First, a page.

Contaminated Oklahoma Site Highlights Superfund Problems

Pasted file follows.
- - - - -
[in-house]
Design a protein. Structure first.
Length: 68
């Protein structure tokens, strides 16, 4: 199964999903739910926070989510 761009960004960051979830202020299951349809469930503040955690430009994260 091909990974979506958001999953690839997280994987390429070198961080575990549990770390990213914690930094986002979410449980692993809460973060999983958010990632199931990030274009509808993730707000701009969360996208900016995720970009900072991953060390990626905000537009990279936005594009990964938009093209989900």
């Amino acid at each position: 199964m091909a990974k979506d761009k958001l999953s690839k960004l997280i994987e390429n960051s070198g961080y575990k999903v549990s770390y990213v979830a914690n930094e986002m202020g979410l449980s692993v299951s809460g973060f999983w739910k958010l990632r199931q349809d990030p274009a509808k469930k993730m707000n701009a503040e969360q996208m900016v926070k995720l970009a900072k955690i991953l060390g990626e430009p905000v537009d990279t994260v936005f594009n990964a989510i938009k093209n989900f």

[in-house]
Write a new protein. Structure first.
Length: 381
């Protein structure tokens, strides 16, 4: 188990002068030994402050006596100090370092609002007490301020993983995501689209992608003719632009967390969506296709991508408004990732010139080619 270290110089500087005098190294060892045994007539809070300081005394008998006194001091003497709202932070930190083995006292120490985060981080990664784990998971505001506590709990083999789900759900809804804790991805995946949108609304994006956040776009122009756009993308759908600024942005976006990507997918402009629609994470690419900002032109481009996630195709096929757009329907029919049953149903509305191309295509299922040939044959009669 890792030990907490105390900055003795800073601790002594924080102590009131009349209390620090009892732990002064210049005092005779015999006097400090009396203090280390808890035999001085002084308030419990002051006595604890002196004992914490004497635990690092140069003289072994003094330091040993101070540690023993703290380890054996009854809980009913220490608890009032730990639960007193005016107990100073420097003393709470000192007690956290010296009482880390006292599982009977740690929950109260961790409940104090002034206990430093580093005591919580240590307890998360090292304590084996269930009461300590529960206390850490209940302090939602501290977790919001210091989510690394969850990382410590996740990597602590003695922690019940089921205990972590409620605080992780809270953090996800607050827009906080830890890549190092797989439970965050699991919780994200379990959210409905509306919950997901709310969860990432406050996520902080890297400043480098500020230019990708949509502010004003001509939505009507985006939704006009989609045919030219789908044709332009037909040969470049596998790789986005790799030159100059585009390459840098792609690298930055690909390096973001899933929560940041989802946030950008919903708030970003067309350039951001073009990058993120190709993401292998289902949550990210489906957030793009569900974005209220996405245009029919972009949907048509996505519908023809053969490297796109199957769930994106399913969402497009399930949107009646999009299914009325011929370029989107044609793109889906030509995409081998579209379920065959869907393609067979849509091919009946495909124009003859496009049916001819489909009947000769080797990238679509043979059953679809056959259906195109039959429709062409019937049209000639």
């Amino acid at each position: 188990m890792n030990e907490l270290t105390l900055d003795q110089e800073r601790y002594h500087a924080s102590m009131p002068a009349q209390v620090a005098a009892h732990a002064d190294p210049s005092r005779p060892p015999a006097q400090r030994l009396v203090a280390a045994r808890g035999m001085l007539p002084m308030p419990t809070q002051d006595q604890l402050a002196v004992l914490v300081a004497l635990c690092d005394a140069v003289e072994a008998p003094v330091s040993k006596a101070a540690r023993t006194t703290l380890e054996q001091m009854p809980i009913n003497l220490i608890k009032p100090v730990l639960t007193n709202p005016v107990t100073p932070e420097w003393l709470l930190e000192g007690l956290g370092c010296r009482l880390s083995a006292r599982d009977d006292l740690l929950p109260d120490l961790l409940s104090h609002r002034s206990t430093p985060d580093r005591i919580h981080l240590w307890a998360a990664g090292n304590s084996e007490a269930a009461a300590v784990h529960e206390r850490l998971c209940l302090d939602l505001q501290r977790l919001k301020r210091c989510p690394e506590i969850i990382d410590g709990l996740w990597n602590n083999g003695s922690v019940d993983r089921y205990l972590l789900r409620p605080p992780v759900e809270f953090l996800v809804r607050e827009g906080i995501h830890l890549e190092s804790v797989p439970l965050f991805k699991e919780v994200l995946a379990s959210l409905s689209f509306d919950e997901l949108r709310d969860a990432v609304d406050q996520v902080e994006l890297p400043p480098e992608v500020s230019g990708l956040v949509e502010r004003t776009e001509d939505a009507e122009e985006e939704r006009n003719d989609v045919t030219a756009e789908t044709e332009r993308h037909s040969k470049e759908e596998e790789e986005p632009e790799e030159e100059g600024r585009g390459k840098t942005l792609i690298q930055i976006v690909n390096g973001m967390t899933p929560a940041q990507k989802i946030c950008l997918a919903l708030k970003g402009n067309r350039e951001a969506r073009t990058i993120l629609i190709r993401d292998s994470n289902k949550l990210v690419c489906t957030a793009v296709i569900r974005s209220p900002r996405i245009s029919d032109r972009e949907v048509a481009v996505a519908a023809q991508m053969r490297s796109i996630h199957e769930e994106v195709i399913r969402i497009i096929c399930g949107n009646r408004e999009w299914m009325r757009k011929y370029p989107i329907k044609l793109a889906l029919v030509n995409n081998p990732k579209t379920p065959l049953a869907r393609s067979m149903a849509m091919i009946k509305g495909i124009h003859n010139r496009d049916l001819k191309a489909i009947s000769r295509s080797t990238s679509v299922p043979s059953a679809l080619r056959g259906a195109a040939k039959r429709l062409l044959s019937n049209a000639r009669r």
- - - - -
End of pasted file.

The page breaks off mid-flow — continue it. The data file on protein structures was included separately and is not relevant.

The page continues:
The Superfund site at the former Tar Creek mine, located near the rural northeast Oklahoma communities of Cardin, Picher, and Hockerville, is a sobering demonstration of the U.S. government’s limited ability to clean up industrial pollution. The mine, which produced lead ore to make the bullets fired in two world wars, left behind huge caverns beneath the landscape and mountainous piles of lead waste — or “chat” — on top of it. Until 1994, the chat was thought to have some economic value and to be entirely safe: Children sledded down the piles and played in sandboxes full of chat. Extensive tests in 1997 found unsafe levels of lead in paint, soil, dust, and the blood of the communities’ children. Though the levels were lower when tested in 2000, for which the U.S. EPA takes credit, they remain high despite millions of dollars funneled into cleanup, leading some residents and political officials to conclude that the only answer is government-funded relocation — that the site, in effect, cannot be cleaned. Meanwhile, nobody knows what to do with the mine waste, and massive legal battles are breaking out over the relocation, the health problems, ownership of the chat, and the Superfund program itself, which never anticipated, says the EPA’s Thomas Dunne, “facing these multi-hundred-million-dollar problems.”